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Wolves In The Throne Room / A Storm Of Light / Krallice / Indian Live Review

by Mark Hensch

There were plenty of brief moments last Saturday where Chicago's Bottom Lounge could have left the Earth. Sporting a concert lineup intent on expanding psyches, the popular venue hovered between gritty reality and the shimmering possibility of transcendence.

In the spirit of true heavy metal, this is perhaps a given. At its best, heavy metal either offers shocking realism or utter escapism. It is a push-pull dynamic that has created tensions in the genre since day one, and they were fighting full force at last weekend's gig.

Up first were Chicago natives Indian, a band whose straightforward yet relentless bludgeoning was a revelation. I have liked these guys since first hearing them in 2005, and here is why at the end of the day, Indian simply likes f*cking people's eardrums into gooey puddles. Saturday was no exception, and for those paying proper attention Indian delivered a sadistic set delivering exquisite aural torture. Regardless of the song, the band delivered purposely slow and unchanging rhythmic brutality with all the patience of vivisection. In the midst of such abrasive repetition, Indian cleverly built up a lingering tension whose release never came. In a single phrase, songs like "Pigs in Your Open Wound" held nothing but murderous patience. For those willing to be stretched to the breaking point and left contorted, this was brilliant fare.

I wish I could the same about follow-up Krallice but it simply is not possible. Starting things off with an obnoxiously convoluted sound check, the band at last kicked into a masturbatory set of self-indulgence on par with the most narcissistic of pop celebrities. Between the nail-on-chalk guitars and the non-existent vocals, the band delivered a set which effectively lowered the bar for all that followed. Even worse, the group suffered from a black metal strain of Dragonforce syndrome, constantly striving towards needless technical showboating. The whole thing was exhaustingly annoying, the kind of lame so bad it wears one out just writing about it.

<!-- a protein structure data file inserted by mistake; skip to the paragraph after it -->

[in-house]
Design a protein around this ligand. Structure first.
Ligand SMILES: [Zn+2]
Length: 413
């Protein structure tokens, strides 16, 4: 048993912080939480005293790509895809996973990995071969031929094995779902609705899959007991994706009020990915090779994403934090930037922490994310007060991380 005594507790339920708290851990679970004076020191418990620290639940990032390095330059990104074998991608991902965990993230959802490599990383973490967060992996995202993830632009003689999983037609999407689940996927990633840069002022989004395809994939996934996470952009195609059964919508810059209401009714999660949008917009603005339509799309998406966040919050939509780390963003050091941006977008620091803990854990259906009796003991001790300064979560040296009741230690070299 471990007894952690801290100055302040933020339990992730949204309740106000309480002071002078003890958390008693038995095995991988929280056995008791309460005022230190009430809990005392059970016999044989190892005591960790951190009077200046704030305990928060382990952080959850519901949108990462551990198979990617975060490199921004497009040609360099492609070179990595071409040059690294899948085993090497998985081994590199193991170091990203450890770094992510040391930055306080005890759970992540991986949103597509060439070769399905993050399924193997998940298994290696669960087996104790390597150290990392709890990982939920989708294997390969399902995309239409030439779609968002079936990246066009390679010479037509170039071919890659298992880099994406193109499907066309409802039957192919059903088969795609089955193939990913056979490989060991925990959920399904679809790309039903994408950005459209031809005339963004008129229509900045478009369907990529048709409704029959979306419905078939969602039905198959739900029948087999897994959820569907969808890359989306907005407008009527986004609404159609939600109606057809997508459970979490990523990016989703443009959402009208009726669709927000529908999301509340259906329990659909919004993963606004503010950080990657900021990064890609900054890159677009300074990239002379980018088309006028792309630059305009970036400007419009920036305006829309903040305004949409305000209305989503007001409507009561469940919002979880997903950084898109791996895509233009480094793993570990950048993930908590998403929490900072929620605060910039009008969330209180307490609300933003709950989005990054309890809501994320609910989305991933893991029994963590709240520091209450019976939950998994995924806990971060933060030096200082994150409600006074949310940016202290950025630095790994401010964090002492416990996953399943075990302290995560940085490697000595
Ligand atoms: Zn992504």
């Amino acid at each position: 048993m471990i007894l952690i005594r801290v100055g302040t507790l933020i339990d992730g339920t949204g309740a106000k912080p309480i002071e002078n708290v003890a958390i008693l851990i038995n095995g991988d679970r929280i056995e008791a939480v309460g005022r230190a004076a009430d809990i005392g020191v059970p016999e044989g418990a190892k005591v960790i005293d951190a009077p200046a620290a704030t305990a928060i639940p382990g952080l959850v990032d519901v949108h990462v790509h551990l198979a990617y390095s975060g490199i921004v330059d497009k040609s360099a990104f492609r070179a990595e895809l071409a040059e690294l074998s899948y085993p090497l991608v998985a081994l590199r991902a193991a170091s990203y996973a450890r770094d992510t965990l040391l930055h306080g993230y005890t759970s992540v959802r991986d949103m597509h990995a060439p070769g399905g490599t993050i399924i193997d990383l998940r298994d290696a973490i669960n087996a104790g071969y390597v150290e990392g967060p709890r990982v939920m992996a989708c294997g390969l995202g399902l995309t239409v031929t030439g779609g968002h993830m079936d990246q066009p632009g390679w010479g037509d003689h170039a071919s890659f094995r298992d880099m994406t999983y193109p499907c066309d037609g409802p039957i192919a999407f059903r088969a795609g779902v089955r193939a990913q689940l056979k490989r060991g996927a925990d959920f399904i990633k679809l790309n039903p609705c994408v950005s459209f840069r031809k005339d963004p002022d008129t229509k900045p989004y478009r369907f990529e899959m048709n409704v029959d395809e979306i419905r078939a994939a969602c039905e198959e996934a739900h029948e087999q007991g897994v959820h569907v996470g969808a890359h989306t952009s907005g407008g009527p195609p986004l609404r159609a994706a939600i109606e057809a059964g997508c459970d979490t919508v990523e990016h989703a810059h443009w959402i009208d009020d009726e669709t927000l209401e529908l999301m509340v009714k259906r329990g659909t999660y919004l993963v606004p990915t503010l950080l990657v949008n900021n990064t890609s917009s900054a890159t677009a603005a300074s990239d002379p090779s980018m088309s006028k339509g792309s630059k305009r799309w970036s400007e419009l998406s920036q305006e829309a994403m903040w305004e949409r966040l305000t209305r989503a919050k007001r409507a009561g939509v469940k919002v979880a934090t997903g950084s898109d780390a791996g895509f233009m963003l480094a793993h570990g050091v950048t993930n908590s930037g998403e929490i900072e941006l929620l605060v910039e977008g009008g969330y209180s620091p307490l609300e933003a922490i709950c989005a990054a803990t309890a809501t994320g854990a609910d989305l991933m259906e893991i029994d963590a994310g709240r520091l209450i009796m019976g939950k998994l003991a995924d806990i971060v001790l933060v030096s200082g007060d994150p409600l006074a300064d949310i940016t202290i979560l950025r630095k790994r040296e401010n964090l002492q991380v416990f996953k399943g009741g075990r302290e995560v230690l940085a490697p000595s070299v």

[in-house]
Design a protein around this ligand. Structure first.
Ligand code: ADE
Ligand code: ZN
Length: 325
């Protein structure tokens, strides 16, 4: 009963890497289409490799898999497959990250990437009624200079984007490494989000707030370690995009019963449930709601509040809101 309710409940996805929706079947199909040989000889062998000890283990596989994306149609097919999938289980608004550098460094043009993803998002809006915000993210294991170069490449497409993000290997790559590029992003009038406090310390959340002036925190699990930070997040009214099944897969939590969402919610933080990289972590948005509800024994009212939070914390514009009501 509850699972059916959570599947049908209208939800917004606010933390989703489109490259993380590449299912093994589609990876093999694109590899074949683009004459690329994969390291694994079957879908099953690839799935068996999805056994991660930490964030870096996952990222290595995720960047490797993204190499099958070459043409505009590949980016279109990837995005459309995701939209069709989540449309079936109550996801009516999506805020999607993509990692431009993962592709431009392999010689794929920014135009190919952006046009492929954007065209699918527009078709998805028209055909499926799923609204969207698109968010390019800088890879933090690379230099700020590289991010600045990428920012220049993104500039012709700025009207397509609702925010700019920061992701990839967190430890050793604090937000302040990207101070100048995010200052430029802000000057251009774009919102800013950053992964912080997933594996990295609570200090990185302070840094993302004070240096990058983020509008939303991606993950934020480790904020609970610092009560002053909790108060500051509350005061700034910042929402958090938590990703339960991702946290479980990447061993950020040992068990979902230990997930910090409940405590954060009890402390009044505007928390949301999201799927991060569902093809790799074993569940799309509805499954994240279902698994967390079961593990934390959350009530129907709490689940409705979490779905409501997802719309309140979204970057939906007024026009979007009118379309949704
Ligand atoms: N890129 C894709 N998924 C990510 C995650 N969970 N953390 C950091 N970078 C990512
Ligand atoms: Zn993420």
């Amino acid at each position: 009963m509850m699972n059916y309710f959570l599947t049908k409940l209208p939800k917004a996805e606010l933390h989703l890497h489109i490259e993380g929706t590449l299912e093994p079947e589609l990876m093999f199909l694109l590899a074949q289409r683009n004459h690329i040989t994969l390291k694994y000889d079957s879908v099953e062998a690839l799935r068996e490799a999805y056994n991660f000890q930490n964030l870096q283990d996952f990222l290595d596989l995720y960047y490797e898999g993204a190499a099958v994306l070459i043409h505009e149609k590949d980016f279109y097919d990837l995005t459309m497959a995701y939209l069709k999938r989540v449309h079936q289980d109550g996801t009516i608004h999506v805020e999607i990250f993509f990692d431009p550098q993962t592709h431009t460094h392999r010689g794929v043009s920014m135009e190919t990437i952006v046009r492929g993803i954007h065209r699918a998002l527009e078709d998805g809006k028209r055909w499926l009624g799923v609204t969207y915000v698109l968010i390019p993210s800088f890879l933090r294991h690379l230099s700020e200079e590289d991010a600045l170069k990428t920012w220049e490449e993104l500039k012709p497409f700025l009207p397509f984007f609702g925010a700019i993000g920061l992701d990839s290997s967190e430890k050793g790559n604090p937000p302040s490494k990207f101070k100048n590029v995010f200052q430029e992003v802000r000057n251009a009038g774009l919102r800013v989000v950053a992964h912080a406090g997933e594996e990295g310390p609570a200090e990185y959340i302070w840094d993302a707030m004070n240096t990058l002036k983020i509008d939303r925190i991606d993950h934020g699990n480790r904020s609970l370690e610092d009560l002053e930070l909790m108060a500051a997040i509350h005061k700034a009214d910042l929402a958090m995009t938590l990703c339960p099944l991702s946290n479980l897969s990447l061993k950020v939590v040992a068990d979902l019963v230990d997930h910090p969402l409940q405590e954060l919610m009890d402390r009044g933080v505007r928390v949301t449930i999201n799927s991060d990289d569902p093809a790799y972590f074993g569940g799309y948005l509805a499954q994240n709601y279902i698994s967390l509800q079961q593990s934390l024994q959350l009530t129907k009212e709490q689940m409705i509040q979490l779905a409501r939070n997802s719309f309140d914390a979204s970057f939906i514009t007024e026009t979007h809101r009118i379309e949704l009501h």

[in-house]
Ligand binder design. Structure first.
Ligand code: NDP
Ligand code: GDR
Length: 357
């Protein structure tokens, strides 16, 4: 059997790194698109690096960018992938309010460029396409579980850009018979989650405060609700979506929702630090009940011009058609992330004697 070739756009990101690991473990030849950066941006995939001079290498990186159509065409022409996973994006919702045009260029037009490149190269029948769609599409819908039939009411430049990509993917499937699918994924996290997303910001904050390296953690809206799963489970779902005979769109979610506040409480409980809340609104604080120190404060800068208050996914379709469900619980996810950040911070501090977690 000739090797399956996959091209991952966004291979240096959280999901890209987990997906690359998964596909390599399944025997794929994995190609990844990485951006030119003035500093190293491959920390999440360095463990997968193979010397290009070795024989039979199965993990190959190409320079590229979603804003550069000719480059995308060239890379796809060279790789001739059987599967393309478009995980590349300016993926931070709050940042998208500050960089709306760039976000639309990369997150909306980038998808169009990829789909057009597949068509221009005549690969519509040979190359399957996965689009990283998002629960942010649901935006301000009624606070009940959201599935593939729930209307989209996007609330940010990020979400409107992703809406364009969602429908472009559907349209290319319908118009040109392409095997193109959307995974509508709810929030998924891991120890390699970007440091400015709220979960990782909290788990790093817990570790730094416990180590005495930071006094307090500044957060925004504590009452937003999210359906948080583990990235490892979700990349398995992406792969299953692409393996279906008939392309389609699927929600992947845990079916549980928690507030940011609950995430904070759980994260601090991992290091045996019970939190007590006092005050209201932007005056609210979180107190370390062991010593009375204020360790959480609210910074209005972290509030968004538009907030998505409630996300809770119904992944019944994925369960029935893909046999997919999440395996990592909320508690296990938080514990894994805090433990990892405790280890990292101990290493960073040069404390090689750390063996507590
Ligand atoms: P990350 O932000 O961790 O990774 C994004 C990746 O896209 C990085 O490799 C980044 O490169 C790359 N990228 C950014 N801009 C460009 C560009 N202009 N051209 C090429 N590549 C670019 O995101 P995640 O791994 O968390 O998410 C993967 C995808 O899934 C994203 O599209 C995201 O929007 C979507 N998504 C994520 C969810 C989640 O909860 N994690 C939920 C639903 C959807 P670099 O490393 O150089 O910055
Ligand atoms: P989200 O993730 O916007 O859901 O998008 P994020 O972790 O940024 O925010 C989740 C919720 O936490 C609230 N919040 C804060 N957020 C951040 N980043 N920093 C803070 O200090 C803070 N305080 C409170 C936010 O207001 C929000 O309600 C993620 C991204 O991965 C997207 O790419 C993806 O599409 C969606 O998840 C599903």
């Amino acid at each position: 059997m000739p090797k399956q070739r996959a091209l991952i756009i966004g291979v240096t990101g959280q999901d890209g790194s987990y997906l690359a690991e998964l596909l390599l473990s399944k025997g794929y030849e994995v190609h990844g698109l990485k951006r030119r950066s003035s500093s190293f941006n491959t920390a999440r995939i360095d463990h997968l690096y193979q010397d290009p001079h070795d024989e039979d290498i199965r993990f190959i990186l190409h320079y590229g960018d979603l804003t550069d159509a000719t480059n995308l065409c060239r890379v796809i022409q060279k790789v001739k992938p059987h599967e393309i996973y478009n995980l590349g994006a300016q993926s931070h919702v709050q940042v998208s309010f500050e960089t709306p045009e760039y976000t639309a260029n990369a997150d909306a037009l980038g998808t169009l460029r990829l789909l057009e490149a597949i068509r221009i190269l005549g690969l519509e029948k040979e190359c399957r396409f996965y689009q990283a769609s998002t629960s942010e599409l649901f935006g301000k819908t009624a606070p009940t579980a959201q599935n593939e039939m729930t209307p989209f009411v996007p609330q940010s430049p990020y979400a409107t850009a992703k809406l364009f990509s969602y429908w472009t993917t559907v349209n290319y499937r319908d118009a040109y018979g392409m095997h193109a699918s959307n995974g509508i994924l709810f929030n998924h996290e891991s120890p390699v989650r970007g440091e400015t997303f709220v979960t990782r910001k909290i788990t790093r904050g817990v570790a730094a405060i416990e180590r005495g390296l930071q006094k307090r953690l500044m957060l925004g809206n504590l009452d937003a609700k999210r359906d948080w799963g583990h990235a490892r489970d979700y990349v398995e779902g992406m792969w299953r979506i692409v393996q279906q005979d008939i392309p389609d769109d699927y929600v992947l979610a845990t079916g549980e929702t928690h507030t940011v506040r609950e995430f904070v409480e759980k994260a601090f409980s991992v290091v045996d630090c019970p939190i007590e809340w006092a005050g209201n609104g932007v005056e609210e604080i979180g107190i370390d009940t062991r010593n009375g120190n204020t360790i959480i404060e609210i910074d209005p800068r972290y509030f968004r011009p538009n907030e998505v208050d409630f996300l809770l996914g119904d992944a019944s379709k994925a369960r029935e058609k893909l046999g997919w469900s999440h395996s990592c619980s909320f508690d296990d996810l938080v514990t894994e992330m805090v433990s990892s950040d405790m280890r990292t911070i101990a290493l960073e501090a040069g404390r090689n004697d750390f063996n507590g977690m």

Thankfully, Brooklyn's A Storm of Light redeemed the evening with a set that damn near stole the show. The band's sound fit the venue perfectly, their wandering, ethereal metal floating freely through the air. Tranquil yet traumatizing, the exquisitely clear material was further rounded out by a surreal video package and haunting lyrics courtesy of a new female co-vocalist. Visceral and gripping, it was the perfect thing to catch people's wandering attentions prior to the main attraction.

And what a headliner it was. Wolves in the Throne Room unveiled material from their latest effort Black Cascade in stunning fashion, the set feeling less like a concert and more like a spiritual ritual. As multitudes of candles blazed in the smoggy background behind them, the band clawed their way through a feral set of emotional peaks and valleys. Picking a highlight is a difficult task all too often did the band outdo itself. "Crystal Ammunition," for example, echoed gloriously like the last gasp of an extinguished species leaving the Earth. Old favorite "Queen of the Borrowed Light," meanwhile, inspired not just rabid headbanging but full-on body spasms. Last but not least, the eternally mighty "I Will Lay Down My Bones Among the Rocks and the Roots" was a moment of primal communion, its epic dynamics pleasing all.

The end result was a stark, gripping show which left many tired with joy. As the final reverberations echoed throughout the cavernous room, I felt the peace of something magical having just occurred. Here is hoping the spell is still cast the rest of the tour.

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